Hudson, NY (HUD)
Built for the New York Central in 1874, the depot is within walking distance of the vibrant downtown, noted for its diverse architecture and variety of shops, galleries and restaurants.
69 South Front Street
Hudson, NY 12534
Annual Station Ridership (2016): 205,919
- Facility Ownership: Amtrak
- Parking Lot Ownership: Amtrak, City of Hudson
- Platform Ownership: CSXT
- Track Ownership: CSXT
For information about Amtrak fares and schedules, please call 1-800-USA-RAIL (1-800-872-7245).
The Amtrak stop in Hudson was originally built for the New York Central Railroad in 1874. This red-brick, single-story station features a decorative cornice, wide eaves and a hipped roof with tall arched windows. Volunteers have operated a snack bar inside the depot since 1975; proceeds support the local Hudson Day Care Center.
In the late 1980s, the parking lots on either side of the station were repaved. The next renovation took place between 1991 and 1992 with funds from New York State, after which the station had a grand re-opening. In the late 1990s, ridership at the Hudson station grew so much that the city opened an additional parking lot across the street. The city additionally created metered parking on Front Street in 2009, due to continuing demand. A task force has recently studied the feasibility of raising the platform, a difficult task as the north end of the platform is curved and an active freight siding lies near that side of the station.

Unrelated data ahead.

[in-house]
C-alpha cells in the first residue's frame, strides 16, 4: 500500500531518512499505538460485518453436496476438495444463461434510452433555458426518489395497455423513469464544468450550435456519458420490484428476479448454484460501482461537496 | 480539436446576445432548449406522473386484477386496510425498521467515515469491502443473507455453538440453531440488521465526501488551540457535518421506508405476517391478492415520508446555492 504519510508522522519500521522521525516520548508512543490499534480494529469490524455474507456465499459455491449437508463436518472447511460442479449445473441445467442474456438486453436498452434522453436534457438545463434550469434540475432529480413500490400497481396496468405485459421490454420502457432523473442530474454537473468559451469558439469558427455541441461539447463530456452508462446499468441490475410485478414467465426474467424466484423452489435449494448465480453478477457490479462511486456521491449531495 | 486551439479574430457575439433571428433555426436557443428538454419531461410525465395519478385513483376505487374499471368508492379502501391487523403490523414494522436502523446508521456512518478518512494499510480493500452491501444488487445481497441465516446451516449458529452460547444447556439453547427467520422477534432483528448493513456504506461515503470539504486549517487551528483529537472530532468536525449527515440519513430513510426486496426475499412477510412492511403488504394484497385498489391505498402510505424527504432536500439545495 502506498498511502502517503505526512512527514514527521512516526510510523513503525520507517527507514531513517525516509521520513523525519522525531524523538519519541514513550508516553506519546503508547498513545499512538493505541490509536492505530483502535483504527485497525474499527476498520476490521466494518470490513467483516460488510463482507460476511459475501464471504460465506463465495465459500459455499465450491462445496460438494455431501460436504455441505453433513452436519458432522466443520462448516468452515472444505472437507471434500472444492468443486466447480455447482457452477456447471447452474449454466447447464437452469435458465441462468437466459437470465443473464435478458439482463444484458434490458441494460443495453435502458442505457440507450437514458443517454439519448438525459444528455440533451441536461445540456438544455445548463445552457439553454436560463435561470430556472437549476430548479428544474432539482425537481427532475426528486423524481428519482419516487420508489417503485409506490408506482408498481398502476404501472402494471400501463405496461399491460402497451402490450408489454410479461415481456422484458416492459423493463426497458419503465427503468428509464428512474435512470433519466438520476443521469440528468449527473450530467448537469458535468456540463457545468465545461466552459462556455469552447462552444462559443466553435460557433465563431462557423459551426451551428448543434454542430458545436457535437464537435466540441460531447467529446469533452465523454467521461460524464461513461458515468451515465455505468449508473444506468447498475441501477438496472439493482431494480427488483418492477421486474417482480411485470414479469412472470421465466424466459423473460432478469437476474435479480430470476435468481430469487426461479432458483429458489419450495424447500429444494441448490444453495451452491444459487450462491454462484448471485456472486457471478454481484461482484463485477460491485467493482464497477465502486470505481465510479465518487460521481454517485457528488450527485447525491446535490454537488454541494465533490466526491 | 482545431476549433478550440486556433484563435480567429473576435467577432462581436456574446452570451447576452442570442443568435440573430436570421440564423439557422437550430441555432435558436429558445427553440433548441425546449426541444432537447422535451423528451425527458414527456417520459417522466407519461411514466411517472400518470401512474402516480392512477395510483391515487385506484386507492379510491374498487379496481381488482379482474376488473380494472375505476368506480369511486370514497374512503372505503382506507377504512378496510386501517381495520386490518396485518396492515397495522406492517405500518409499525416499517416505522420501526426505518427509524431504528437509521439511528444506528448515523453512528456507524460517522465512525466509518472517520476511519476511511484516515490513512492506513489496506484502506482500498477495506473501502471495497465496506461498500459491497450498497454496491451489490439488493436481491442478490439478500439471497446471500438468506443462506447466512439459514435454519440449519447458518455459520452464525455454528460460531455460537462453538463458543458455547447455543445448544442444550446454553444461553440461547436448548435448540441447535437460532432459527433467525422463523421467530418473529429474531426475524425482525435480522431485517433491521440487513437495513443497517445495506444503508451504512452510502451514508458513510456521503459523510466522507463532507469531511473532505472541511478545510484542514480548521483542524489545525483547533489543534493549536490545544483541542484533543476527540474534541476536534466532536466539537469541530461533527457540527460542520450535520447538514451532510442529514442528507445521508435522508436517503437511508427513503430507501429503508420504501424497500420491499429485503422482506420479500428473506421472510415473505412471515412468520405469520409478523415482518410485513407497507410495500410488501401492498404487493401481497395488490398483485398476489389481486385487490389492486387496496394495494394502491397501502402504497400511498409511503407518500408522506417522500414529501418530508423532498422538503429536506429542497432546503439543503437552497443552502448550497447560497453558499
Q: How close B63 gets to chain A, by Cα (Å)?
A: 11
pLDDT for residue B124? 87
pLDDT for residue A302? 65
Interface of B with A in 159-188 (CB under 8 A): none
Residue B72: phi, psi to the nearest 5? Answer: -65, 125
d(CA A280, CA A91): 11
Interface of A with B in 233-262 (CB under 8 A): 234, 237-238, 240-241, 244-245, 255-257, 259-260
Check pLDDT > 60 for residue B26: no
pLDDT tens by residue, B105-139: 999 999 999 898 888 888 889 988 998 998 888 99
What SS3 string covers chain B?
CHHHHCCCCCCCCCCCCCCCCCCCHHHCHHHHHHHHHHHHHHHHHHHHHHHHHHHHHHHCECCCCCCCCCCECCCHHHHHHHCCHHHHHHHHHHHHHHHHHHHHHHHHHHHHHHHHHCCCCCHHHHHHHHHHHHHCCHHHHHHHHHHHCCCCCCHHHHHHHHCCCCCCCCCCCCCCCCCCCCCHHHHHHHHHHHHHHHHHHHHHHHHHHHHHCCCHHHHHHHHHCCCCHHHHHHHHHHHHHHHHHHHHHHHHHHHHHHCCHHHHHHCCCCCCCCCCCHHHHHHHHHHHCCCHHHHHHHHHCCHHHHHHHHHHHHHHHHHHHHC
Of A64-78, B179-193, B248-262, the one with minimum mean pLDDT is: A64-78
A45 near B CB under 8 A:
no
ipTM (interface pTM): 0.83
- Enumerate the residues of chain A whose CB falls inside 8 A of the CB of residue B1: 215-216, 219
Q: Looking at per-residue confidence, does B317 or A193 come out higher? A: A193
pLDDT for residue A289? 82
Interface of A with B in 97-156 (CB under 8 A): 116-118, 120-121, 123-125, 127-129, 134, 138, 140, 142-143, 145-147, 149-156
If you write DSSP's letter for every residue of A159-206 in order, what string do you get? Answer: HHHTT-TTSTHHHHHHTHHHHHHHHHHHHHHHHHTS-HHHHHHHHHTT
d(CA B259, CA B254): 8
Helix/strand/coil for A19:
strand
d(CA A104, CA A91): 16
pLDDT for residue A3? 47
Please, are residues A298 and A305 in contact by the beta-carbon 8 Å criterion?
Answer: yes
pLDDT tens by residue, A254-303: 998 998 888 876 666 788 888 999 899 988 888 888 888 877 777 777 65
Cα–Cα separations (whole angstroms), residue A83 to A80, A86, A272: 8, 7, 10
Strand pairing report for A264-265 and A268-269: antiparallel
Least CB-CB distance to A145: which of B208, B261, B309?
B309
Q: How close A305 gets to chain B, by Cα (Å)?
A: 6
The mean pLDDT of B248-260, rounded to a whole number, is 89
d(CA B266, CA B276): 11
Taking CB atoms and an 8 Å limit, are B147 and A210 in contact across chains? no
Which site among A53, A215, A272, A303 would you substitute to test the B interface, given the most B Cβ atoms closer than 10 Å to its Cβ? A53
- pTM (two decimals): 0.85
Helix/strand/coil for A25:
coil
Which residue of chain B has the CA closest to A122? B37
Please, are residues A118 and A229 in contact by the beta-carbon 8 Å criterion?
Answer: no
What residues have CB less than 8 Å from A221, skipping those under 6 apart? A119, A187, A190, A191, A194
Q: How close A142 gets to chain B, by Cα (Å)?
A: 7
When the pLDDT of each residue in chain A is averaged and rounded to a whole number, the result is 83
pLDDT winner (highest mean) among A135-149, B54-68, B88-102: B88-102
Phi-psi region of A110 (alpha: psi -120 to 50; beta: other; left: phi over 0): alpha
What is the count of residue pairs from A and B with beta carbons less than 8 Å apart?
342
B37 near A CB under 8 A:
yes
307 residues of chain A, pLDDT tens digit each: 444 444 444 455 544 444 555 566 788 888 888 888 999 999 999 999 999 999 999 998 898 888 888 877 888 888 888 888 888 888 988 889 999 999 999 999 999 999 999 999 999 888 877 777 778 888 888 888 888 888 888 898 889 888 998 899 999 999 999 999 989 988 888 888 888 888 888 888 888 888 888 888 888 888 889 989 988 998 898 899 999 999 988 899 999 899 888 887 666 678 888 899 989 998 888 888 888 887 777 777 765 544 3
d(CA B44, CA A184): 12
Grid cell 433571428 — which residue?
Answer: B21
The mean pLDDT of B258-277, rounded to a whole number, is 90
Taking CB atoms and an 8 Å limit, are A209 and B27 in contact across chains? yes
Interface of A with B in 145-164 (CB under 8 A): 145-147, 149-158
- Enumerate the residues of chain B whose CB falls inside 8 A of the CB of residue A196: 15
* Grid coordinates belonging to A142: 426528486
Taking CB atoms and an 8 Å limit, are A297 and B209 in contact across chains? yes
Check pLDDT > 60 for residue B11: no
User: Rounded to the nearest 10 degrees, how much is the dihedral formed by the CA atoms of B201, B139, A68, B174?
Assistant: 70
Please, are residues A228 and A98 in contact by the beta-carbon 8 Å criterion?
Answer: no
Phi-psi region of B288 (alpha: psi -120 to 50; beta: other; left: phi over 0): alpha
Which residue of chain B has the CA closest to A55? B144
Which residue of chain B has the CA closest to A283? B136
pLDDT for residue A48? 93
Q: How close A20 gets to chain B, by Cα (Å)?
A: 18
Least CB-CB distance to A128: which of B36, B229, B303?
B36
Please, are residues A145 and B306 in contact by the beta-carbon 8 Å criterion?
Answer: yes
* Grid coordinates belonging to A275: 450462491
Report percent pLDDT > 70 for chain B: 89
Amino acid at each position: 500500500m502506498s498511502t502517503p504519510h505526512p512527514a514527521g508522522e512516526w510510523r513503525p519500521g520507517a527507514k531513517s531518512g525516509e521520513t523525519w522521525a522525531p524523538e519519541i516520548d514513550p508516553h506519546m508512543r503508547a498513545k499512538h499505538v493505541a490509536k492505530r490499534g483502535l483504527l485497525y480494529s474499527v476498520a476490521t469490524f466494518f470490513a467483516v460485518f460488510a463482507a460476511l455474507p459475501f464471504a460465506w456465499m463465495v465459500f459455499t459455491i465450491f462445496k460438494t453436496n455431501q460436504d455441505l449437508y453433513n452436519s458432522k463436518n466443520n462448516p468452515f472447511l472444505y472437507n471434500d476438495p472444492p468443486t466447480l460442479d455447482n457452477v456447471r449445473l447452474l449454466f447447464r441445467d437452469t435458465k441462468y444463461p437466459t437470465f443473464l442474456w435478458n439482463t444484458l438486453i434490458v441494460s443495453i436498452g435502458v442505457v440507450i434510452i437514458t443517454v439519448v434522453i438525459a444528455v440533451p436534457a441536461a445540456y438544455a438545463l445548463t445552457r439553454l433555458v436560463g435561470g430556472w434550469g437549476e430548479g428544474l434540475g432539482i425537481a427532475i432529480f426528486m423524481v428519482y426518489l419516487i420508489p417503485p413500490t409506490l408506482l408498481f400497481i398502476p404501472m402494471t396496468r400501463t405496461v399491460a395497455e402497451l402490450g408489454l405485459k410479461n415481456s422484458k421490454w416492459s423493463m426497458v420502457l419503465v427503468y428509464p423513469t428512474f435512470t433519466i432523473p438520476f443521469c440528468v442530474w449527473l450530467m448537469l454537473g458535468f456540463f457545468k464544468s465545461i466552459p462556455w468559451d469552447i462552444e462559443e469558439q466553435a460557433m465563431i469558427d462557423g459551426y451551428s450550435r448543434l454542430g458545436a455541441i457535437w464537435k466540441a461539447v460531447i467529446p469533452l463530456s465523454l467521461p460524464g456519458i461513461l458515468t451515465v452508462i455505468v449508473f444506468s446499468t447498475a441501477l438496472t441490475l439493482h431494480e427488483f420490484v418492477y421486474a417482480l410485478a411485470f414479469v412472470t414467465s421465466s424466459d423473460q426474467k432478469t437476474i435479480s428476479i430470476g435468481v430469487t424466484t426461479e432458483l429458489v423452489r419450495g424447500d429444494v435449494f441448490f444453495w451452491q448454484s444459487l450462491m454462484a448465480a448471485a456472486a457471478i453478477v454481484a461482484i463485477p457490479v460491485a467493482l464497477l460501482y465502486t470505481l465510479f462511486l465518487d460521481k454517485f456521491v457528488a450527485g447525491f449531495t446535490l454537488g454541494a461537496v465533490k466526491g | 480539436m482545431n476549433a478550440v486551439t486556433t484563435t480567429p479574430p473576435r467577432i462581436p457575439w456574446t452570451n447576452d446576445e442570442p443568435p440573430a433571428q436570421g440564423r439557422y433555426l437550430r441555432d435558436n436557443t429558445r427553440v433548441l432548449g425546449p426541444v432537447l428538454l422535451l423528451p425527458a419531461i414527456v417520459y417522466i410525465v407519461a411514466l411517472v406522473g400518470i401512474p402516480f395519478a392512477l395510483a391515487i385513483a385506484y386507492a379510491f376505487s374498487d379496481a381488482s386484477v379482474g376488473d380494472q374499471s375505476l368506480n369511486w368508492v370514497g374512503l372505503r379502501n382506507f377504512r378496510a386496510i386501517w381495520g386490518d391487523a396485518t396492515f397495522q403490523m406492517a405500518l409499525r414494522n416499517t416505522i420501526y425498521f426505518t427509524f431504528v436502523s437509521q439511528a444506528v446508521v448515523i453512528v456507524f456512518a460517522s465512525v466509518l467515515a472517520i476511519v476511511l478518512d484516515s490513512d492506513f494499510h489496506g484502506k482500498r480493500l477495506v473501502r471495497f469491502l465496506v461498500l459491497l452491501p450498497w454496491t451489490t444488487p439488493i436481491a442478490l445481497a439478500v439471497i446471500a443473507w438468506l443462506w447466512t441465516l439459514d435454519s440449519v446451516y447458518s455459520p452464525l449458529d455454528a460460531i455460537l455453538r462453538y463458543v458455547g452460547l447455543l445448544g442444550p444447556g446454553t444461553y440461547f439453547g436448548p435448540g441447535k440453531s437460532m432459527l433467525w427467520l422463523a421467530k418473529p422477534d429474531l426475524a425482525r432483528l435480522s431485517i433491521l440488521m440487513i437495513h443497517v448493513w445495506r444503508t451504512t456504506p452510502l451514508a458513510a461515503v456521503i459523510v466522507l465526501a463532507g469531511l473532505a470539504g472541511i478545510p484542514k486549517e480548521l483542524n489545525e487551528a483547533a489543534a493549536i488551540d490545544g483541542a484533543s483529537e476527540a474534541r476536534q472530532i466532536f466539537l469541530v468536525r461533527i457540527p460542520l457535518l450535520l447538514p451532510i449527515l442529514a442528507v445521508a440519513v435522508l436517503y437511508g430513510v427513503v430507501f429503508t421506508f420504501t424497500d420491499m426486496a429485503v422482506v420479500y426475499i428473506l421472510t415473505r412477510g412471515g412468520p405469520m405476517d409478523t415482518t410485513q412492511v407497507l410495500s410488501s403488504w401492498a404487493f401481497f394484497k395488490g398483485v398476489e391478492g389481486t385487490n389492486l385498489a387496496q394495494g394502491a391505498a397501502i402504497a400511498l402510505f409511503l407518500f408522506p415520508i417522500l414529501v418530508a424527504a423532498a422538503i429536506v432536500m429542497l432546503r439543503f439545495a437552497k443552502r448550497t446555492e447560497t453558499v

In 1662, Dutch settlers came to this location on the Hudson River, founding a community known as Claverack Landing. The city was not laid out until 1783, when a group of merchants and whalers from Nantucket and Rhode Island arrived seeking an inland port safe from British harassment after the Revolution. This group, the self-proclaimed “Proprietors” (many of whom were Quakers), named their new community Hudson. It was the first city to receive a charter in New York State under the new federal government, in 1785.
Hudson is one of the last harbors on the Hudson River still usable by ocean-going ships, and provides access to the agricultural lands of Columbia County, of which Hudson is the seat. Whaling and mercantile provided boom times early on and much of the architecture in the city dates from that era and its taste for Greek revival.
William Jenkins Worth was born in Hudson in 1794, of Quaker parents, but rejected the pacifism of his upbringing and began his military career during the War of 1812, seeing action in New York in the Niagara Campaign where he was seriously wounded. Worth later served under Zachary Taylor in the Mexican American War, and for his service at the Battle of Chapultepec, the United States Congress awarded him with a sword of honor. Fort Worth, Texas, is named for General Worth, as are several other American cities.